Lagere AAA herstel gerelateerde mortaliteit na behandeling in tertiaire verwijscentra.
Mortality variability after endovascular versus open abdominal aortic aneurysm repair in a large tertiary vascular center using a Medicare-derived risk prediction model
Caitlin W. Hicks, James H. Black, James H. Black, Isibor Arhuidese, Luda Asanova, Umair Qazi, Bruce A. Perler, Julie A. Freischlag, Mahmoud B. Malas
Division of Vascular and Endovascular Therapy, Johns Hopkins Bayview Medical Center and Johns Hopkins Hospital, Baltimore, Md. Journal of Vascular Surgery; 2015;61:291–7.
Previous reports have documented better outcomes after open abdominal aortic aneurysm (AAA) repair in tertiary centers compared with lower-volume hospitals, but outcome variability for endovascular AAA repair (EVAR) vs open AAA repairs in a large tertiary center using a Medicare-derived mortality risk prediction model has not been previously reported. In the current study, we compared the observed vs predicted mortality after EVAR and open AAA repair in a single large tertiary vascular center.
We retrospectively analyzed all patients who underwent repair of a nonruptured infrarenal AAA in our center from 2003 to 2012. Univariable and multivariable logistic regression were used to evaluate 30-day mortality. Patients were stratified into low-risk, medium-risk, and high-risk groups, and mortality was predicted for each patient based on demographics and comorbidities according to the Medicare risk prediction model.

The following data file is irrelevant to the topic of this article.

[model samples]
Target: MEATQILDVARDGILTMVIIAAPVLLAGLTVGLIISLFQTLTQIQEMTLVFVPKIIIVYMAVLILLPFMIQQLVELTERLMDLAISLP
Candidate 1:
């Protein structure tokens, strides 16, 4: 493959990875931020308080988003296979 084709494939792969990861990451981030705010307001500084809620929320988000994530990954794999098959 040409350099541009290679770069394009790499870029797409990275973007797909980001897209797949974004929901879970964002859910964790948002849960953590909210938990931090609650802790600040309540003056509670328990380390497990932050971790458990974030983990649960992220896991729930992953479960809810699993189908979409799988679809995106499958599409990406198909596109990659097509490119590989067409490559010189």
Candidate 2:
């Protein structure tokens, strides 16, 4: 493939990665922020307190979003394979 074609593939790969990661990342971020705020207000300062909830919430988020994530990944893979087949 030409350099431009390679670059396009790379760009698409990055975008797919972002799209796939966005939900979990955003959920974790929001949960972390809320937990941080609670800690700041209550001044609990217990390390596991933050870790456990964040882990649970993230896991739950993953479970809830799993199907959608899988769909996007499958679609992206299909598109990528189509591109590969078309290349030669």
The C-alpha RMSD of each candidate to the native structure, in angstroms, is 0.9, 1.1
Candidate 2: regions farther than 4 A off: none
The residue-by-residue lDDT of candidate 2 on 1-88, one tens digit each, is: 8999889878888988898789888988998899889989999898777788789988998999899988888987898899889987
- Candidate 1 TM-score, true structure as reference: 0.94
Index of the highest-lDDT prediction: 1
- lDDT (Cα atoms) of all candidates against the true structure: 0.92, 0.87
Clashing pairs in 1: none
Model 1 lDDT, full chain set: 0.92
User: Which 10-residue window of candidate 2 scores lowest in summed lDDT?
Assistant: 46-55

We analyzed 297 patients (EVAR, 72%; open AAA repair, 28%; symptomatic, 25%). Most of our patients were of high and moderate risk (48% and 28%, respectively). The observed 30-day mortality was 1.9% after EVAR vs 2.4% after open repair (odds ratio [OR], 0.77; 95% confidence interval [CI], 0.14-4.29; P = .67). There was no difference in mortality with EVAR vs open repair after adjusting for predefined patient characteristics (OR, 0.92; 95% CI, 0.16-7.43; P = .93); only preoperative renal disease was predictive of 30-day mortality after AAA repair in our cohort (OR, 8.39; 95% CI, 1.41-67.0). The observed mortality within our study was significantly lower than the Medicare-derived expected mortality for each treatment group within patients stratified as high risk or medium risk (P ≤ .0002 for all).
Despite treating patients with high preoperative risk status, we report a 10-fold decrease in operative mortality for EVAR and open AAA repair in a tertiary vascular center compared with national Medicare-derived predictions. High-risk patients should be considered for aneurysm management in dedicated aortic centers, regardless of approach.